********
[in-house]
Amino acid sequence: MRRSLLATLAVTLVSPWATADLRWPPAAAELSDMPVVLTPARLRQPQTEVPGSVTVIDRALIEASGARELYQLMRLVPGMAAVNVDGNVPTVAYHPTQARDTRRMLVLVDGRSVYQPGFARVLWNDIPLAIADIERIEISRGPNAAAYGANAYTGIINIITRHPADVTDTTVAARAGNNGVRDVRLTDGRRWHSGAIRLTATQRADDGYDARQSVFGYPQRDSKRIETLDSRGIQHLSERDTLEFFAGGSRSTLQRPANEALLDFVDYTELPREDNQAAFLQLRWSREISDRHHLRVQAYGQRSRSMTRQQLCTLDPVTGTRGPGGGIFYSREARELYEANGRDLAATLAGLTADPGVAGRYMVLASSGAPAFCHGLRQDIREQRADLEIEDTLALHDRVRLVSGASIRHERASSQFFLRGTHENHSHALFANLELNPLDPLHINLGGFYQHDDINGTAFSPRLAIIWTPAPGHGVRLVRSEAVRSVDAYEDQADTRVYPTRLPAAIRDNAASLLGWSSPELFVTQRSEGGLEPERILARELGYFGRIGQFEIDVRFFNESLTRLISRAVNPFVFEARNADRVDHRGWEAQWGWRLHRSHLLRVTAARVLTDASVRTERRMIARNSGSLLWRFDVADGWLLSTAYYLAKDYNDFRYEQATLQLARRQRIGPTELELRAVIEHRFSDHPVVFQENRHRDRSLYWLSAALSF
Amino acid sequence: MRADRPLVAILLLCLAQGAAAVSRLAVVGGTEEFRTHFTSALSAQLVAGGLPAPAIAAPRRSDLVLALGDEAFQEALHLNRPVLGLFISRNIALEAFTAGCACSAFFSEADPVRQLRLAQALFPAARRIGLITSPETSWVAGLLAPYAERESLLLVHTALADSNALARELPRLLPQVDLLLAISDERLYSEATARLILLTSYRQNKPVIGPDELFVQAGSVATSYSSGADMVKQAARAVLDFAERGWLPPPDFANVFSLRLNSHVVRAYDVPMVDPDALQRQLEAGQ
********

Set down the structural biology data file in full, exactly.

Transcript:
[in-house]
Amino acid sequence: MRRSLLATLAVTLVSPWATADLRWPPAAAELSDMPVVLTPARLRQPQTEVPGSVTVIDRALIEASGARELYQLMRLVPGMAAVNVDGNVPTVAYHPTQARDTRRMLVLVDGRSVYQPGFARVLWNDIPLAIADIERIEISRGPNAAAYGANAYTGIINIITRHPADVTDTTVAARAGNNGVRDVRLTDGRRWHSGAIRLTATQRADDGYDARQSVFGYPQRDSKRIETLDSRGIQHLSERDTLEFFAGGSRSTLQRPANEALLDFVDYTELPREDNQAAFLQLRWSREISDRHHLRVQAYGQRSRSMTRQQLCTLDPVTGTRGPGGGIFYSREARELYEANGRDLAATLAGLTADPGVAGRYMVLASSGAPAFCHGLRQDIREQRADLEIEDTLALHDRVRLVSGASIRHERASSQFFLRGTHENHSHALFANLELNPLDPLHINLGGFYQHDDINGTAFSPRLAIIWTPAPGHGVRLVRSEAVRSVDAYEDQADTRVYPTRLPAAIRDNAASLLGWSSPELFVTQRSEGGLEPERILARELGYFGRIGQFEIDVRFFNESLTRLISRAVNPFVFEARNADRVDHRGWEAQWGWRLHRSHLLRVTAARVLTDASVRTERRMIARNSGSLLWRFDVADGWLLSTAYYLAKDYNDFRYEQATLQLARRQRIGPTELELRAVIEHRFSDHPVVFQENRHRDRSLYWLSAALSF
Amino acid sequence: MRADRPLVAILLLCLAQGAAAVSRLAVVGGTEEFRTHFTSALSAQLVAGGLPAPAIAAPRRSDLVLALGDEAFQEALHLNRPVLGLFISRNIALEAFTAGCACSAFFSEADPVRQLRLAQALFPAARRIGLITSPETSWVAGLLAPYAERESLLLVHTALADSNALARELPRLLPQVDLLLAISDERLYSEATARLILLTSYRQNKPVIGPDELFVQAGSVATSYSSGADMVKQAARAVLDFAERGWLPPPDFANVFSLRLNSHVVRAYDVPMVDPDALQRQLEAGQ